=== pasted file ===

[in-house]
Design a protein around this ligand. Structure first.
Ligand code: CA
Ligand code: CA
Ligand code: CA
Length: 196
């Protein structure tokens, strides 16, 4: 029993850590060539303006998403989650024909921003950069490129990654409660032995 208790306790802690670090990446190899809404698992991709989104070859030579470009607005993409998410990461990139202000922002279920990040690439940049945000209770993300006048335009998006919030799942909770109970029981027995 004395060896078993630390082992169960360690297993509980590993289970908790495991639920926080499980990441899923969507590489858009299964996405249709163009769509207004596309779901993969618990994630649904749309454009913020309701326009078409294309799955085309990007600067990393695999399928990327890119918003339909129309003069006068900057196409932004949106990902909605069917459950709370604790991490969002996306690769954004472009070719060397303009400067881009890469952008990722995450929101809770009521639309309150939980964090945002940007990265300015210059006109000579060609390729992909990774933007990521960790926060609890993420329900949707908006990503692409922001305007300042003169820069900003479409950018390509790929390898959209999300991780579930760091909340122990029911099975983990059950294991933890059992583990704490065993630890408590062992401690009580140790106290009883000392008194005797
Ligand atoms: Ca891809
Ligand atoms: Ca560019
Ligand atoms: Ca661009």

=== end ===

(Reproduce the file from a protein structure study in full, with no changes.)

[in-house]
Design a protein around this ligand. Structure first.
Ligand code: CA
Ligand code: CA
Ligand code: CA
Length: 196
């Protein structure tokens, strides 16, 4: 029993850590060539303006998403989650024909921003950069490129990654409660032995 208790306790802690670090990446190899809404698992991709989104070859030579470009607005993409998410990461990139202000922002279920990040690439940049945000209770993300006048335009998006919030799942909770109970029981027995 004395060896078993630390082992169960360690297993509980590993289970908790495991639920926080499980990441899923969507590489858009299964996405249709163009769509207004596309779901993969618990994630649904749309454009913020309701326009078409294309799955085309990007600067990393695999399928990327890119918003339909129309003069006068900057196409932004949106990902909605069917459950709370604790991490969002996306690769954004472009070719060397303009400067881009890469952008990722995450929101809770009521639309309150939980964090945002940007990265300015210059006109000579060609390729992909990774933007990521960790926060609890993420329900949707908006990503692409922001305007300042003169820069900003479409950018390509790929390898959209999300991780579930760091909340122990029911099975983990059950294991933890059992583990704490065993630890408590062992401690009580140790106290009883000392008194005797
Ligand atoms: Ca891809
Ligand atoms: Ca560019
Ligand atoms: Ca661009």